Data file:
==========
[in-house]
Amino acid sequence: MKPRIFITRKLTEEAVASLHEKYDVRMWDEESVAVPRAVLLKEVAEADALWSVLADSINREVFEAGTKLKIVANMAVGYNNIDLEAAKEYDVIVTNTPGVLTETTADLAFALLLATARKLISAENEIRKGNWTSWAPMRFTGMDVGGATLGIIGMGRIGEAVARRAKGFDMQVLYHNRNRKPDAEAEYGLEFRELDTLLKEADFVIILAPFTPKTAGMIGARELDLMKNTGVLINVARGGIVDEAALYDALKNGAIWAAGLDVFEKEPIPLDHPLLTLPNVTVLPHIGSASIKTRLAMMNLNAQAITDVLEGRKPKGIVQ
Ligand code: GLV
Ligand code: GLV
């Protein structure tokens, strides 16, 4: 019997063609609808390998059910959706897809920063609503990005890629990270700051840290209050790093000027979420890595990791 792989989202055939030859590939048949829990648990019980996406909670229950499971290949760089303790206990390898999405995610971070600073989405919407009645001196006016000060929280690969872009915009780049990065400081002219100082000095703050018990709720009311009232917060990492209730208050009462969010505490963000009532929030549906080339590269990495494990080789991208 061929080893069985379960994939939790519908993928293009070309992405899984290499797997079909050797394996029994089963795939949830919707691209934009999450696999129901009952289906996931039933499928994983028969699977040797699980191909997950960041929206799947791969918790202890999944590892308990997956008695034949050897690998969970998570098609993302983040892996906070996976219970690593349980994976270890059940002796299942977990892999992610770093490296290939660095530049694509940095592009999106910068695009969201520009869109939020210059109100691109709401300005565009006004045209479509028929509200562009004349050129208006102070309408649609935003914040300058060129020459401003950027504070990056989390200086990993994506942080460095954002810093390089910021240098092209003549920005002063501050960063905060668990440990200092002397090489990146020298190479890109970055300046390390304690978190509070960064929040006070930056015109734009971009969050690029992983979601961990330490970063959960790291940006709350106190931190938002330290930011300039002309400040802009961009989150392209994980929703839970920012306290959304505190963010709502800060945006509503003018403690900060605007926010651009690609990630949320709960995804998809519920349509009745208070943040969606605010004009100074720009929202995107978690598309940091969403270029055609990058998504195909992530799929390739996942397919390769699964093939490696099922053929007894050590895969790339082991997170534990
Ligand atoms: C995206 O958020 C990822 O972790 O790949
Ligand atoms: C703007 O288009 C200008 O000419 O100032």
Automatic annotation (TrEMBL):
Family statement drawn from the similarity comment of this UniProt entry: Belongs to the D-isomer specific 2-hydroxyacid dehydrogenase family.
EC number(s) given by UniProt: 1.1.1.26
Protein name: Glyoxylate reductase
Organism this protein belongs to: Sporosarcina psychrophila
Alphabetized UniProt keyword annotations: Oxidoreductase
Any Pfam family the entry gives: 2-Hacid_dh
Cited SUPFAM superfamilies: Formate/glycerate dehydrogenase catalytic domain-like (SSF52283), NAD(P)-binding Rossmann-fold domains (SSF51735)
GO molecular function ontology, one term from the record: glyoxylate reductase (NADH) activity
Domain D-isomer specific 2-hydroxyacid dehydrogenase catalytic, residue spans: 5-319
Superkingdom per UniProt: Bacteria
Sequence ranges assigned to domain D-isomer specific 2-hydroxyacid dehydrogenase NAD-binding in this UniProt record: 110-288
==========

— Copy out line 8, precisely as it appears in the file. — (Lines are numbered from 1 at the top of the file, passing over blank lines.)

Automatic annotation (TrEMBL):